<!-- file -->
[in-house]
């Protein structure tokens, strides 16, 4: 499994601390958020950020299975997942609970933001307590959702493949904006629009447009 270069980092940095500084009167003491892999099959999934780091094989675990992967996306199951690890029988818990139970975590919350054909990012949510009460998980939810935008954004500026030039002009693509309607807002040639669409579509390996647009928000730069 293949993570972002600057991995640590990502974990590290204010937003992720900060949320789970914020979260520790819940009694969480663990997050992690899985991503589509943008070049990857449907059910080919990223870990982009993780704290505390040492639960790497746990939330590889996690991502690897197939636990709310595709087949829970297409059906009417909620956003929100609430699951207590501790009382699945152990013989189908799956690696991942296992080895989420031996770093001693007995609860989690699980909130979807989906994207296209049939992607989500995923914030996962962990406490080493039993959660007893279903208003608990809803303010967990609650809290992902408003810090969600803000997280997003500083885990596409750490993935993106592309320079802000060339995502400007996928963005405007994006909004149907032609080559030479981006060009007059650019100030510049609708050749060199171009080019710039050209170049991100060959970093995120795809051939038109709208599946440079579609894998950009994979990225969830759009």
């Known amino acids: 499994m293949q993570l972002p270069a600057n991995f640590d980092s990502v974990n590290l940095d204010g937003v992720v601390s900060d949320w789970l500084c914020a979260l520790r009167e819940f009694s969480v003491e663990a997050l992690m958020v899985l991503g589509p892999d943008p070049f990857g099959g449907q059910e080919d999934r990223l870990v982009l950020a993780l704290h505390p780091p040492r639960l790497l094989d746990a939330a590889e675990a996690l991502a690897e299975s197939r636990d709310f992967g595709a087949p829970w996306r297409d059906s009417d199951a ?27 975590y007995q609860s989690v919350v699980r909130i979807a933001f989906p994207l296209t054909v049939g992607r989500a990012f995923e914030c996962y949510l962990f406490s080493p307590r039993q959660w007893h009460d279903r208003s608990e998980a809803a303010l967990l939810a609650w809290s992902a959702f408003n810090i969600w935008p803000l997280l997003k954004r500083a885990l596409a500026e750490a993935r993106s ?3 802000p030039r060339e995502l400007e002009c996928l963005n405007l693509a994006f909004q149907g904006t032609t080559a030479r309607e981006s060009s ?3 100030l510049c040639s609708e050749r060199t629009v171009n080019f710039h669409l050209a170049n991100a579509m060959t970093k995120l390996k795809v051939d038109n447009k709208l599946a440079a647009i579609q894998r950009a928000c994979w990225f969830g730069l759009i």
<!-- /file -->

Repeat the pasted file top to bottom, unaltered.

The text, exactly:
[in-house]
């Protein structure tokens, strides 16, 4: 499994601390958020950020299975997942609970933001307590959702493949904006629009447009 270069980092940095500084009167003491892999099959999934780091094989675990992967996306199951690890029988818990139970975590919350054909990012949510009460998980939810935008954004500026030039002009693509309607807002040639669409579509390996647009928000730069 293949993570972002600057991995640590990502974990590290204010937003992720900060949320789970914020979260520790819940009694969480663990997050992690899985991503589509943008070049990857449907059910080919990223870990982009993780704290505390040492639960790497746990939330590889996690991502690897197939636990709310595709087949829970297409059906009417909620956003929100609430699951207590501790009382699945152990013989189908799956690696991942296992080895989420031996770093001693007995609860989690699980909130979807989906994207296209049939992607989500995923914030996962962990406490080493039993959660007893279903208003608990809803303010967990609650809290992902408003810090969600803000997280997003500083885990596409750490993935993106592309320079802000060339995502400007996928963005405007994006909004149907032609080559030479981006060009007059650019100030510049609708050749060199171009080019710039050209170049991100060959970093995120795809051939038109709208599946440079579609894998950009994979990225969830759009």
């Known amino acids: 499994m293949q993570l972002p270069a600057n991995f640590d980092s990502v974990n590290l940095d204010g937003v992720v601390s900060d949320w789970l500084c914020a979260l520790r009167e819940f009694s969480v003491e663990a997050l992690m958020v899985l991503g589509p892999d943008p070049f990857g099959g449907q059910e080919d999934r990223l870990v982009l950020a993780l704290h505390p780091p040492r639960l790497l094989d746990a939330a590889e675990a996690l991502a690897e299975s197939r636990d709310f992967g595709a087949p829970w996306r297409d059906s009417d199951a ?27 975590y007995q609860s989690v919350v699980r909130i979807a933001f989906p994207l296209t054909v049939g992607r989500a990012f995923e914030c996962y949510l962990f406490s080493p307590r039993q959660w007893h009460d279903r208003s608990e998980a809803a303010l967990l939810a609650w809290s992902a959702f408003n810090i969600w935008p803000l997280l997003k954004r500083a885990l596409a500026e750490a993935r993106s ?3 802000p030039r060339e995502l400007e002009c996928l963005n405007l693509a994006f909004q149907g904006t032609t080559a030479r309607e981006s060009s ?3 100030l510049c040639s609708e050749r060199t629009v171009n080019f710039h669409l050209a170049n991100a579509m060959t970093k995120l390996k795809v051939d038109n447009k709208l599946a440079a647009i579609q894998r950009a928000c994979w990225f969830g730069l759009i």